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In an exclusive interview with Telecom Review, Osama Said, business development leader for mobile networks at Nokia MEA, expounds on his company’s neutral hosting practices and how they simplify network management and implementation to streamline complex operations.

How does Nokia contribute to achieving a host-neutral approach in its operations?

Telecommunication networks are evolving rapidly on all fronts. Catering for traffic demand drives continuous expansions; hosting new use cases requires further network adaptations; boosting network efficiency and capabilities requires continuous hosting of newer technologies; cloudification; virtualization; and improving energy efficiency and sustainability. All this produces overstretched network infrastructure for service providers. These overstretched networks are impacting every service provider in the same country with different adaptation speeds and priorities. Neutral hosting practices provide superior solutions to many domains that have less competitive sensitivity and can reduce capital investment, reduce network complexity, and simplify network management.

In a neutral host model, infrastructure companies lease their infrastructure assets to multiple tenants, recouping their network build costs by hosting various CSPs on the same foundation. Nokia, as a telecommunications provider, plays a key role in enabling the markets for neutral-host operations. Nokia’s strategy is to enable simplicity in network management and implementation. Nokia has adopted a strategic focus on neutral host domains to understand market trends, private and public investment movements, and the different stakeholders that are required to facilitate more neutral hosting practices in the different markets.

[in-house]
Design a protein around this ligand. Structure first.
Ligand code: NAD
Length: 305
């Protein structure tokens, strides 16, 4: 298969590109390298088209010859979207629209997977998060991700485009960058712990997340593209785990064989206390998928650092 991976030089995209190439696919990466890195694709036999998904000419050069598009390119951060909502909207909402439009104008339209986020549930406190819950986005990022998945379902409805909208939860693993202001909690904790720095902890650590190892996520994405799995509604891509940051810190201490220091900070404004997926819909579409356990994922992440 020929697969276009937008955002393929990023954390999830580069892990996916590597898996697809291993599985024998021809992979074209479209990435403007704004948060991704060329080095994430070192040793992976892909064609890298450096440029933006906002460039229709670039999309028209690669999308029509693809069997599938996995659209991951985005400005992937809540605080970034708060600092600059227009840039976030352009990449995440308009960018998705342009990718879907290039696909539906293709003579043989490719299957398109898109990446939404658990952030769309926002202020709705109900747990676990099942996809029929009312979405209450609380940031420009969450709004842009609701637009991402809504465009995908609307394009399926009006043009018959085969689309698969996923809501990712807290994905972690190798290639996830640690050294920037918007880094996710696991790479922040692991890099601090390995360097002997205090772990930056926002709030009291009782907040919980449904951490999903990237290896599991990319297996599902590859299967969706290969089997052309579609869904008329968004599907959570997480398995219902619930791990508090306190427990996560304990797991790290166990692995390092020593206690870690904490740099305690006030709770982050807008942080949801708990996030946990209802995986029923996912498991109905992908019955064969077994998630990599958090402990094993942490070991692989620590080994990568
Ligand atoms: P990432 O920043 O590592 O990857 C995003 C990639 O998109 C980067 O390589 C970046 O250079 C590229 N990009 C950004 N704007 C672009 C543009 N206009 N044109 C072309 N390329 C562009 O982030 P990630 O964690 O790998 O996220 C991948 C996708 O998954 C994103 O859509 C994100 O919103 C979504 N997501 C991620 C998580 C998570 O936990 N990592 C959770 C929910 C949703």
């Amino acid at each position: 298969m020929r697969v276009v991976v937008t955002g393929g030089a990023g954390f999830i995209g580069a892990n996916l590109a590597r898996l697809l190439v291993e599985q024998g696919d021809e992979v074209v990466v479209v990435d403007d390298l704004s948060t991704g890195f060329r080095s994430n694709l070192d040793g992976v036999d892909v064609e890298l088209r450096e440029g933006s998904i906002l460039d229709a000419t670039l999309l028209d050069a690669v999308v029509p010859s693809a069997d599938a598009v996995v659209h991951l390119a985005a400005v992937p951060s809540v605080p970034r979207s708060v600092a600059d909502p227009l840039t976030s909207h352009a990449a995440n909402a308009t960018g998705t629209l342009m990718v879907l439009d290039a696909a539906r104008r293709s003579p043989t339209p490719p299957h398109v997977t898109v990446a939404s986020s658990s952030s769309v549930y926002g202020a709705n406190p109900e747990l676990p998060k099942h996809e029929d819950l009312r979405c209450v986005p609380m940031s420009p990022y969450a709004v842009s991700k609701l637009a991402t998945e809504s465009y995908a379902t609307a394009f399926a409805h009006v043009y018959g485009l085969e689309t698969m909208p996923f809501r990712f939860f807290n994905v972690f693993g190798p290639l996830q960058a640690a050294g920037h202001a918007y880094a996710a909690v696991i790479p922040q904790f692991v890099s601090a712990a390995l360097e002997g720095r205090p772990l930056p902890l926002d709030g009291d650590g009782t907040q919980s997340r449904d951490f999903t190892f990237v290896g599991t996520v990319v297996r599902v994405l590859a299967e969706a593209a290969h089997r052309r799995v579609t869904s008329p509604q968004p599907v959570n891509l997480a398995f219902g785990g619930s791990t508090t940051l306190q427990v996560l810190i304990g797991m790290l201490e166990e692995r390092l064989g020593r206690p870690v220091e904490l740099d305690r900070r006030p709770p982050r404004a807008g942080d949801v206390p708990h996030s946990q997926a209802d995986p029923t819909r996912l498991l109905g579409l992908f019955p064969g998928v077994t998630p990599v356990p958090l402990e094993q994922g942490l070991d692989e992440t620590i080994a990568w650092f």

Nokia has implemented a wide spectrum of multi-tenant capabilities across its entire product and solution portfolio, enabling the right foundation and removing the technology barriers.

Nokia solutions are designed to enable additional tenant hosting through software updates, only allowing very efficient and seamless operations and rollout without the need to visit every individual location. This results in great savings on costs and a faster time to market.

What specific initiatives or technologies has Nokia implemented to support host-neutral practices?

One of the Nokia initiatives in that domain is Nokia Rural Connect. The Nokia Rural Connect solution offering includes a full suite of rural radio site solutions, including Towers, Power, Transport, Antennas and all active elements. These solutions can be adapted to customer needs and multiple rural solution scenarios.

Nokia’s lean site solution provides a unique value proposition when it comes to space requirements, superior energy efficiency, modularity, and readiness for multi-tenant hosting.

Nokia’s technology of Baseband and Radio modules allows the start of low technologies and configuration and seamlessly paves the way toward site upgrades and the introduction of new technologies. Neutral host solutions can start from as low as 2G-only sites and be upgraded to cater for increasing traffic or for new tenant introductions. Upgrades to higher configuration levels can be done, introducing new sectors or new technology such as 3G/LTE and 5G.

Nokia’s Virtualized Airscale Controller and Management System offers low cost and multi-front scalability to cater for capacity demands and provide the capability to adopt multi-tenant neutral hosting deployments.

Can you provide examples of how Nokia's host-neutral approach has positively impacted the environment and local communities?

As part of Nokia’s social responsibilities in the markets in which we operate, we work with our partners to connect the unconnected, reduce the digital dividend and provide voice and data for local communities. Telephony services will provide these communities access to the whole country’s ecosystem of services, such as financial, logistics, medical, etc., and will enable government initiatives to extend their reach in the country.